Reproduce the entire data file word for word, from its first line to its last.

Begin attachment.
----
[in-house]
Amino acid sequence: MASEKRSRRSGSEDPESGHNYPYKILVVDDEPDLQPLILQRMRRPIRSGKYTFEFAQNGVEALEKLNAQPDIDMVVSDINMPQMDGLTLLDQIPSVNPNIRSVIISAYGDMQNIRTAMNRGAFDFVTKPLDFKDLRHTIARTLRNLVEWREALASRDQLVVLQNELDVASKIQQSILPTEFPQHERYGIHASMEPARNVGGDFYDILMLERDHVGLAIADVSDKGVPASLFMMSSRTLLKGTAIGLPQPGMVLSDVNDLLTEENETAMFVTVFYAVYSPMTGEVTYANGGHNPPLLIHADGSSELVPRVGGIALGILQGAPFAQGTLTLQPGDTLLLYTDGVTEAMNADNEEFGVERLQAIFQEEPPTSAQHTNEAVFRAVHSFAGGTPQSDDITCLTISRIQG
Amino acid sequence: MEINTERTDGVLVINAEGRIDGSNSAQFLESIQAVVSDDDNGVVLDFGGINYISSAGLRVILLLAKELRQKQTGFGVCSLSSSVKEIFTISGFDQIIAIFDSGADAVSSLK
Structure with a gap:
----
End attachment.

[in-house]
Amino acid sequence: MASEKRSRRSGSEDPESGHNYPYKILVVDDEPDLQPLILQRMRRPIRSGKYTFEFAQNGVEALEKLNAQPDIDMVVSDINMPQMDGLTLLDQIPSVNPNIRSVIISAYGDMQNIRTAMNRGAFDFVTKPLDFKDLRHTIARTLRNLVEWREALASRDQLVVLQNELDVASKIQQSILPTEFPQHERYGIHASMEPARNVGGDFYDILMLERDHVGLAIADVSDKGVPASLFMMSSRTLLKGTAIGLPQPGMVLSDVNDLLTEENETAMFVTVFYAVYSPMTGEVTYANGGHNPPLLIHADGSSELVPRVGGIALGILQGAPFAQGTLTLQPGDTLLLYTDGVTEAMNADNEEFGVERLQAIFQEEPPTSAQHTNEAVFRAVHSFAGGTPQSDDITCLTISRIQG
Amino acid sequence: MEINTERTDGVLVINAEGRIDGSNSAQFLESIQAVVSDDDNGVVLDFGGINYISSAGLRVILLLAKELRQKQTGFGVCSLSSSVKEIFTISGFDQIIAIFDSGADAVSSLK
Structure with a gap: